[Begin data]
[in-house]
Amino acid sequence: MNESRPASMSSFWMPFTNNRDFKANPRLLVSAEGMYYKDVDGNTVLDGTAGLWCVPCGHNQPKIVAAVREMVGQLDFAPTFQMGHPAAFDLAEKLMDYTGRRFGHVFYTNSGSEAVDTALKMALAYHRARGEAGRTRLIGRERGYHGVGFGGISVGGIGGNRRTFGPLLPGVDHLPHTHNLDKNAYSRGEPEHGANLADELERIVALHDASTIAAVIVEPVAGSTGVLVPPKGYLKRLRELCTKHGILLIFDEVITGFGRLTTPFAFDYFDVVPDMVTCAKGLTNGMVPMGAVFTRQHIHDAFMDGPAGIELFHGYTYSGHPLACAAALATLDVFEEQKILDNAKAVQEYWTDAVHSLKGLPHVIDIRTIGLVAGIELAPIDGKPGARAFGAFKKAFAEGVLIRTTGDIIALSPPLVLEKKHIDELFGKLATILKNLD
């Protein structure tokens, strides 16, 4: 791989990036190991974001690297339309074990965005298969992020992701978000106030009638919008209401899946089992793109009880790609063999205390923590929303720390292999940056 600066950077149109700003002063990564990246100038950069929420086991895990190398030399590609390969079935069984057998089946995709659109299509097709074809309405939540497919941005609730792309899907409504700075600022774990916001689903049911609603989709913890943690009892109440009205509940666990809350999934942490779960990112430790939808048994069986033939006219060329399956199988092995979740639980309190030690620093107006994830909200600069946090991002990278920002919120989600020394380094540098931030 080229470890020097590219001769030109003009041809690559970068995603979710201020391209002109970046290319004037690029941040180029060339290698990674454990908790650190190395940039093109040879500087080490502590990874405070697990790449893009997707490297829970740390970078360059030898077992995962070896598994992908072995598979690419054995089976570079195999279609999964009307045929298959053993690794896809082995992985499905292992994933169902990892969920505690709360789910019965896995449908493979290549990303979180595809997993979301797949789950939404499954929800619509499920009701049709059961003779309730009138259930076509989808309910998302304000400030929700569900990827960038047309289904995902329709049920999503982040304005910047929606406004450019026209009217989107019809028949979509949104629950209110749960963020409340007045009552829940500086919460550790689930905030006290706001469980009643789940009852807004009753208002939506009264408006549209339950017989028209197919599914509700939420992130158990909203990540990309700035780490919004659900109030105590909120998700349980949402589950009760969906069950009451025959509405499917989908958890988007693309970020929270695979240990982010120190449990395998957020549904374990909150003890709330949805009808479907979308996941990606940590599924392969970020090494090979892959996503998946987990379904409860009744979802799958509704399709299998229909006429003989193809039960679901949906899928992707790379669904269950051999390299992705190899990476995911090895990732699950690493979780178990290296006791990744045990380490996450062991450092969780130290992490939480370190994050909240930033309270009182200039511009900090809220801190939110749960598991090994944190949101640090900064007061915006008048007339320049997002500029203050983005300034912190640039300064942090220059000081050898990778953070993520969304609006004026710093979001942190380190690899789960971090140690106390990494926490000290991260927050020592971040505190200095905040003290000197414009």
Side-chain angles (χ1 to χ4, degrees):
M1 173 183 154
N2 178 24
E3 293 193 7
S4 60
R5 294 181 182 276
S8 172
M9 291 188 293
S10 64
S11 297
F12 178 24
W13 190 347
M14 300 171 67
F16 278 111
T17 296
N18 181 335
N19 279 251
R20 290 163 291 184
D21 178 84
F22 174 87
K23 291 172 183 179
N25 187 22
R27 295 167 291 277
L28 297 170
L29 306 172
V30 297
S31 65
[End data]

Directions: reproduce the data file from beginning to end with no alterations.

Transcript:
[in-house]
Amino acid sequence: MNESRPASMSSFWMPFTNNRDFKANPRLLVSAEGMYYKDVDGNTVLDGTAGLWCVPCGHNQPKIVAAVREMVGQLDFAPTFQMGHPAAFDLAEKLMDYTGRRFGHVFYTNSGSEAVDTALKMALAYHRARGEAGRTRLIGRERGYHGVGFGGISVGGIGGNRRTFGPLLPGVDHLPHTHNLDKNAYSRGEPEHGANLADELERIVALHDASTIAAVIVEPVAGSTGVLVPPKGYLKRLRELCTKHGILLIFDEVITGFGRLTTPFAFDYFDVVPDMVTCAKGLTNGMVPMGAVFTRQHIHDAFMDGPAGIELFHGYTYSGHPLACAAALATLDVFEEQKILDNAKAVQEYWTDAVHSLKGLPHVIDIRTIGLVAGIELAPIDGKPGARAFGAFKKAFAEGVLIRTTGDIIALSPPLVLEKKHIDELFGKLATILKNLD
């Protein structure tokens, strides 16, 4: 791989990036190991974001690297339309074990965005298969992020992701978000106030009638919008209401899946089992793109009880790609063999205390923590929303720390292999940056 600066950077149109700003002063990564990246100038950069929420086991895990190398030399590609390969079935069984057998089946995709659109299509097709074809309405939540497919941005609730792309899907409504700075600022774990916001689903049911609603989709913890943690009892109440009205509940666990809350999934942490779960990112430790939808048994069986033939006219060329399956199988092995979740639980309190030690620093107006994830909200600069946090991002990278920002919120989600020394380094540098931030 080229470890020097590219001769030109003009041809690559970068995603979710201020391209002109970046290319004037690029941040180029060339290698990674454990908790650190190395940039093109040879500087080490502590990874405070697990790449893009997707490297829970740390970078360059030898077992995962070896598994992908072995598979690419054995089976570079195999279609999964009307045929298959053993690794896809082995992985499905292992994933169902990892969920505690709360789910019965896995449908493979290549990303979180595809997993979301797949789950939404499954929800619509499920009701049709059961003779309730009138259930076509989808309910998302304000400030929700569900990827960038047309289904995902329709049920999503982040304005910047929606406004450019026209009217989107019809028949979509949104629950209110749960963020409340007045009552829940500086919460550790689930905030006290706001469980009643789940009852807004009753208002939506009264408006549209339950017989028209197919599914509700939420992130158990909203990540990309700035780490919004659900109030105590909120998700349980949402589950009760969906069950009451025959509405499917989908958890988007693309970020929270695979240990982010120190449990395998957020549904374990909150003890709330949805009808479907979308996941990606940590599924392969970020090494090979892959996503998946987990379904409860009744979802799958509704399709299998229909006429003989193809039960679901949906899928992707790379669904269950051999390299992705190899990476995911090895990732699950690493979780178990290296006791990744045990380490996450062991450092969780130290992490939480370190994050909240930033309270009182200039511009900090809220801190939110749960598991090994944190949101640090900064007061915006008048007339320049997002500029203050983005300034912190640039300064942090220059000081050898990778953070993520969304609006004026710093979001942190380190690899789960971090140690106390990494926490000290991260927050020592971040505190200095905040003290000197414009």
Side-chain angles (χ1 to χ4, degrees):
M1 173 183 154
N2 178 24
E3 293 193 7
S4 60
R5 294 181 182 276
S8 172
M9 291 188 293
S10 64
S11 297
F12 178 24
W13 190 347
M14 300 171 67
F16 278 111
T17 296
N18 181 335
N19 279 251
R20 290 163 291 184
D21 178 84
F22 174 87
K23 291 172 183 179
N25 187 22
R27 295 167 291 277
L28 297 170
L29 306 172
V30 297
S31 65